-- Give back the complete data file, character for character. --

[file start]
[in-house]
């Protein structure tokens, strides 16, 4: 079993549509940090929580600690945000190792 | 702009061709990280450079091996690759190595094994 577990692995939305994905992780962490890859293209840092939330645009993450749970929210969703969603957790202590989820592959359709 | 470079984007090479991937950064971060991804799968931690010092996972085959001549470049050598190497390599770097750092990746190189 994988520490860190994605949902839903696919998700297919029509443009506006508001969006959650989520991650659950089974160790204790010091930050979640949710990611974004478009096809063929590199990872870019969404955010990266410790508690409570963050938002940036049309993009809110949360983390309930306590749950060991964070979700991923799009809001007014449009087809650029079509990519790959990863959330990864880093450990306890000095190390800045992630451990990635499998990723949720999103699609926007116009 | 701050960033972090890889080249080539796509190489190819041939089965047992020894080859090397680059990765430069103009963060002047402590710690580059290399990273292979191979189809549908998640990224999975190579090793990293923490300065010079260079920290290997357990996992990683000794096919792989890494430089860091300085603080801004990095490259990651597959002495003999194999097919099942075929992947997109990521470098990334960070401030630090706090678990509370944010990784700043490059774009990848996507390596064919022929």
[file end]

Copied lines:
[in-house]
């Protein structure tokens, strides 16, 4: 079993549509940090929580600690945000190792 | 702009061709990280450079091996690759190595094994 577990692995939305994905992780962490890859293209840092939330645009993450749970929210969703969603957790202590989820592959359709 | 470079984007090479991937950064971060991804799968931690010092996972085959001549470049050598190497390599770097750092990746190189 994988520490860190994605949902839903696919998700297919029509443009506006508001969006959650989520991650659950089974160790204790010091930050979640949710990611974004478009096809063929590199990872870019969404955010990266410790508690409570963050938002940036049309993009809110949360983390309930306590749950060991964070979700991923799009809001007014449009087809650029079509990519790959990863959330990864880093450990306890000095190390800045992630451990990635499998990723949720999103699609926007116009 | 701050960033972090890889080249080539796509190489190819041939089965047992020894080859090397680059990765430069103009963060002047402590710690580059290399990273292979191979189809549908998640990224999975190579090793990293923490300065010079260079920290290997357990996992990683000794096919792989890494430089860091300085603080801004990095490259990651597959002495003999194999097919099942075929992947997109990521470098990334960070401030630090706090678990509370944010990784700043490059774009990848996507390596064919022929």